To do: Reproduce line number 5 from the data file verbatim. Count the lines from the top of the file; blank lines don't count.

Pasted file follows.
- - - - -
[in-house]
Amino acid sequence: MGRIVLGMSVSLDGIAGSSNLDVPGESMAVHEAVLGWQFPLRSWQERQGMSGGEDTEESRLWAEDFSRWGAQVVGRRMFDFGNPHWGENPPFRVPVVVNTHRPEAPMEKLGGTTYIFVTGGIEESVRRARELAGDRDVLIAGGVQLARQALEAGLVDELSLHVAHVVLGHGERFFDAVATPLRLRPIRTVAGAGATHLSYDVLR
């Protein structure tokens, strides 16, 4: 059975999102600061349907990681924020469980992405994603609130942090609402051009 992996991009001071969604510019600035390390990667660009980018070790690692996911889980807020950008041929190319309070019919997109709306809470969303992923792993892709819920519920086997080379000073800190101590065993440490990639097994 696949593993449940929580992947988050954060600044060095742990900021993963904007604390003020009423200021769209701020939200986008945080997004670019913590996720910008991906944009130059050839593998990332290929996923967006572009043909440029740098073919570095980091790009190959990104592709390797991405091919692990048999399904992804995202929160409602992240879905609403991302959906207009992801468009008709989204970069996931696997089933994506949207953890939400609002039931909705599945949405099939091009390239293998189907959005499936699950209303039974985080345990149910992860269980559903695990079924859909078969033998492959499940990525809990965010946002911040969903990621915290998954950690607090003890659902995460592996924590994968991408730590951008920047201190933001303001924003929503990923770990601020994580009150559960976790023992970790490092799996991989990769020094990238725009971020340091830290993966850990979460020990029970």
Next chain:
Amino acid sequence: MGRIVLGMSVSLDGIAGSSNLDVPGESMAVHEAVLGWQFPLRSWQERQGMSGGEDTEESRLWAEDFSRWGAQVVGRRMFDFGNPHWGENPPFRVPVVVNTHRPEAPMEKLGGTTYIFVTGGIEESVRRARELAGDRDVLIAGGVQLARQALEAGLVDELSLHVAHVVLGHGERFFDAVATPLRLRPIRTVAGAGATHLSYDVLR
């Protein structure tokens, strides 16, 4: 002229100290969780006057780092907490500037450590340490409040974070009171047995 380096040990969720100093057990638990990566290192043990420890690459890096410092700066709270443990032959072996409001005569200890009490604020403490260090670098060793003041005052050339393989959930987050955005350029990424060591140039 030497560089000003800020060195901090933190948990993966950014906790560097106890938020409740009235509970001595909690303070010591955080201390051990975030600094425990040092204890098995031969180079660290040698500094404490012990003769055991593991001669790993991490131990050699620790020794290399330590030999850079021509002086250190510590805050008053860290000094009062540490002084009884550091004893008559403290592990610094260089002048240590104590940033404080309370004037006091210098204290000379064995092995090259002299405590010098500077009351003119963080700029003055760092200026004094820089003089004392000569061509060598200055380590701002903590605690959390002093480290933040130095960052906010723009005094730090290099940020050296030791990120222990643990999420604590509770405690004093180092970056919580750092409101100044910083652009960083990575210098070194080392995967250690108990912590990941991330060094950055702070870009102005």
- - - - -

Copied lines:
Amino acid sequence: MGRIVLGMSVSLDGIAGSSNLDVPGESMAVHEAVLGWQFPLRSWQERQGMSGGEDTEESRLWAEDFSRWGAQVVGRRMFDFGNPHWGENPPFRVPVVVNTHRPEAPMEKLGGTTYIFVTGGIEESVRRARELAGDRDVLIAGGVQLARQALEAGLVDELSLHVAHVVLGHGERFFDAVATPLRLRPIRTVAGAGATHLSYDVLR